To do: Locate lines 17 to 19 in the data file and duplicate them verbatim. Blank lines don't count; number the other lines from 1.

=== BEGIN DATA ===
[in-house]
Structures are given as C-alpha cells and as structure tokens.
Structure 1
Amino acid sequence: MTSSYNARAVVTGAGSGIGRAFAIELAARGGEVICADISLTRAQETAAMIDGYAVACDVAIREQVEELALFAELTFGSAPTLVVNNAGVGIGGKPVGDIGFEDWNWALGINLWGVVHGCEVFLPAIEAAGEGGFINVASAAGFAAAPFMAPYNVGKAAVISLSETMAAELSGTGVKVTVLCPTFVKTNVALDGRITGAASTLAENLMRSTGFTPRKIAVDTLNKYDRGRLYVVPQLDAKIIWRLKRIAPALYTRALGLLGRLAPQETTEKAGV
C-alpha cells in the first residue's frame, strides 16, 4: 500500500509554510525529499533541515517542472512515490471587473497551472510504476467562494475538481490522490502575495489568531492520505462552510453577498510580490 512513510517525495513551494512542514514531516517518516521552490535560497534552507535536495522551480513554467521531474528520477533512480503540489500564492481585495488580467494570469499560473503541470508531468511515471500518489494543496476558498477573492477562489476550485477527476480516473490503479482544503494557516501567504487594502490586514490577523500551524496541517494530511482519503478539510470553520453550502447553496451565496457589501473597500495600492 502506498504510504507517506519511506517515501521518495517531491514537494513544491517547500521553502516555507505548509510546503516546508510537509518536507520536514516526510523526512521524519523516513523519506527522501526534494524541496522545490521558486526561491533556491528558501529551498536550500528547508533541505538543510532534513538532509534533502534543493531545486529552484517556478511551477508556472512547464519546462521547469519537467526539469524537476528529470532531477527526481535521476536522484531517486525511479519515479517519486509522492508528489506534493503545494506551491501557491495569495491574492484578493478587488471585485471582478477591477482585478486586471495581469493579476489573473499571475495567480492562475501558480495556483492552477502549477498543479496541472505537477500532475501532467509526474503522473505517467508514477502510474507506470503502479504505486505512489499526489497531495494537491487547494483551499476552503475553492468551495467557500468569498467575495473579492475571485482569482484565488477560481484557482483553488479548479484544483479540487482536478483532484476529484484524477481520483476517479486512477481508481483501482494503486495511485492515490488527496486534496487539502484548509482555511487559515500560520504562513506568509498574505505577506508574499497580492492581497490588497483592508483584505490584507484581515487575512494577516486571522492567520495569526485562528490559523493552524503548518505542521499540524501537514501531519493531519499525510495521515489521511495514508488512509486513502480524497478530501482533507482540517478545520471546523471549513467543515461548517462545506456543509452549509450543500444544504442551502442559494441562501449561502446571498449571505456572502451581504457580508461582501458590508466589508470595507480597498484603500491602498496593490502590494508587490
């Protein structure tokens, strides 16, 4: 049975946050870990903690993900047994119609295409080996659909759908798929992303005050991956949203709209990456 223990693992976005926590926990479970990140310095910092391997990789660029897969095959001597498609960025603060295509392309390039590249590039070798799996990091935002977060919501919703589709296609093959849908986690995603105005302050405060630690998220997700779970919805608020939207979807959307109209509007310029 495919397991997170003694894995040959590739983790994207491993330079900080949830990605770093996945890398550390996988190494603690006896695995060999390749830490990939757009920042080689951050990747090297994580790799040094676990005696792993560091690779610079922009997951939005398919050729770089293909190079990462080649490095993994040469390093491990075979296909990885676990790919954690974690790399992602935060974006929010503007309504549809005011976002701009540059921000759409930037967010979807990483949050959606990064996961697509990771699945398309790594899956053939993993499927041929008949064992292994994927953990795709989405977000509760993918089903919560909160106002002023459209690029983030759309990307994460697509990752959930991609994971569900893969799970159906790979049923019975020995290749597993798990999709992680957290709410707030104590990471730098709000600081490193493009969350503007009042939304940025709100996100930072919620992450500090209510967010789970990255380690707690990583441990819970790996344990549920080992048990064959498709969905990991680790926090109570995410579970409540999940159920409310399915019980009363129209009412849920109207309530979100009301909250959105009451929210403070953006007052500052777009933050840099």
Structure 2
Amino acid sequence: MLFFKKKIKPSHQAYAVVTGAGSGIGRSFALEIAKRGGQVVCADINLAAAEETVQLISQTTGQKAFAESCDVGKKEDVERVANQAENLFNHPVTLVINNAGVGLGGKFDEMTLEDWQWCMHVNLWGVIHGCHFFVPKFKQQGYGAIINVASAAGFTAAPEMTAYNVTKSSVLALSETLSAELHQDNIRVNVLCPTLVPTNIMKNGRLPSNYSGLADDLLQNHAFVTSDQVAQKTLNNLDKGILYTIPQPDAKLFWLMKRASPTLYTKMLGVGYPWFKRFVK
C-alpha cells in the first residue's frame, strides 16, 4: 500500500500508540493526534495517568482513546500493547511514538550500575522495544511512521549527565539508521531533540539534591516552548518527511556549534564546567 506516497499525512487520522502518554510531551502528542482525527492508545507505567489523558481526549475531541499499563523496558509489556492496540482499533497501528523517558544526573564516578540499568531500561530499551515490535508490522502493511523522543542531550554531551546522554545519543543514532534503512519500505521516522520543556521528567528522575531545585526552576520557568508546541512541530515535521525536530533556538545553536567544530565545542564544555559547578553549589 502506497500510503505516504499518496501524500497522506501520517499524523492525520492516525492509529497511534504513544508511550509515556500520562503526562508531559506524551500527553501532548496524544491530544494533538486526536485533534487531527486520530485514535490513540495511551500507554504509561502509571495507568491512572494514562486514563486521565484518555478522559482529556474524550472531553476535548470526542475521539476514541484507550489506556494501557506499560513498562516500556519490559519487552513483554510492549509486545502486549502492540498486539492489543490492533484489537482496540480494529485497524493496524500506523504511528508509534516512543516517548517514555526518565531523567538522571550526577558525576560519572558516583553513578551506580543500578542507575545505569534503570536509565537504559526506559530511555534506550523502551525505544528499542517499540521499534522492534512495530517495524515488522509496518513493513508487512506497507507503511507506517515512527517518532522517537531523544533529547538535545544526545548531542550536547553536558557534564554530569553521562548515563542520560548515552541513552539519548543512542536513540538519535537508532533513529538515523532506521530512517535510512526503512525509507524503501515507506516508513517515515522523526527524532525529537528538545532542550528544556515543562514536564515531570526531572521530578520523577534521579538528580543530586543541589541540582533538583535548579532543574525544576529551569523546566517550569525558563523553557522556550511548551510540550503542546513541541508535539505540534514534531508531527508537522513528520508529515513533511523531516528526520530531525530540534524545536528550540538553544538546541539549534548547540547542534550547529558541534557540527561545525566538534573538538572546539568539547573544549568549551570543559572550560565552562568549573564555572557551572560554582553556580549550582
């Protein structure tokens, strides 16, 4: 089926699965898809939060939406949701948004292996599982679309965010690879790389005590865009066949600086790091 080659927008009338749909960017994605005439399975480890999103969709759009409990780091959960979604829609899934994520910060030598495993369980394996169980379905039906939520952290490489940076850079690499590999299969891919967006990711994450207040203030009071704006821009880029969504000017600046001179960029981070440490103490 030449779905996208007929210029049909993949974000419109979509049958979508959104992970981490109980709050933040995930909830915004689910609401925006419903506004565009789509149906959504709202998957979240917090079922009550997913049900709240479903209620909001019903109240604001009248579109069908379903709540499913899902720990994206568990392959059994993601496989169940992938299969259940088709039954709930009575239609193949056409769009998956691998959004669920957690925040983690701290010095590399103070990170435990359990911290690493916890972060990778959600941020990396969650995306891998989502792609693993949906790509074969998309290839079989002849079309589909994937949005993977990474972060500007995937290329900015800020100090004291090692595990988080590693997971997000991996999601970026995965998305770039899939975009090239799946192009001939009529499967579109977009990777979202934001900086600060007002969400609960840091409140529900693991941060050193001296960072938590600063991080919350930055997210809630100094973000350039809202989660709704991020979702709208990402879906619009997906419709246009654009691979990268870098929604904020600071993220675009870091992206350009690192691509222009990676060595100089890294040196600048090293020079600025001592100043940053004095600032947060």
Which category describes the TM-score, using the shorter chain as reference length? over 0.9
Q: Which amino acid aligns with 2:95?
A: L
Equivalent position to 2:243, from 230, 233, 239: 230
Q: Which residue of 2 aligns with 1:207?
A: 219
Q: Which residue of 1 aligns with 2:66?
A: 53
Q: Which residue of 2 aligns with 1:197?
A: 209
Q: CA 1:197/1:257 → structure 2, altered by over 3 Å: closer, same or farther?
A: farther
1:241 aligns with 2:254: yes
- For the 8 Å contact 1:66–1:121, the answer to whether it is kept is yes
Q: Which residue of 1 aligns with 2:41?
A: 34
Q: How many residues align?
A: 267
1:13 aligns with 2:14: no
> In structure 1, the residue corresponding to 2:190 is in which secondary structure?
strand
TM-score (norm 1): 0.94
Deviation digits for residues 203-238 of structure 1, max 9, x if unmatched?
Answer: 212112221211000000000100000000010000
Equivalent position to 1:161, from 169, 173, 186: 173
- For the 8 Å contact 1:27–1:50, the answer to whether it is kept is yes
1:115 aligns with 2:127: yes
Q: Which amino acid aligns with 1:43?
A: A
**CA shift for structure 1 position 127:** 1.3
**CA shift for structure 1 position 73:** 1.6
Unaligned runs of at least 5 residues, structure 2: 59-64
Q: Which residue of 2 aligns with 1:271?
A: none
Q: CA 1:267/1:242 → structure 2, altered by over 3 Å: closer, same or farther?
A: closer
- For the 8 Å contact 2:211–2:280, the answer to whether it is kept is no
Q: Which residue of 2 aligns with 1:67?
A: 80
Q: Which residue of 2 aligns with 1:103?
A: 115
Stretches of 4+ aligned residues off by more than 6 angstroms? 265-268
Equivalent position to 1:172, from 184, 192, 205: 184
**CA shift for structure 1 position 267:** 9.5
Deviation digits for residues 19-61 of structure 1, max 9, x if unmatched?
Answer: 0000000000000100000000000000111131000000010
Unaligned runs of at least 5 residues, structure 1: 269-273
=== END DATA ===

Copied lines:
Q: Which residue of 1 aligns with 2:66?
A: 53
Q: Which residue of 2 aligns with 1:197?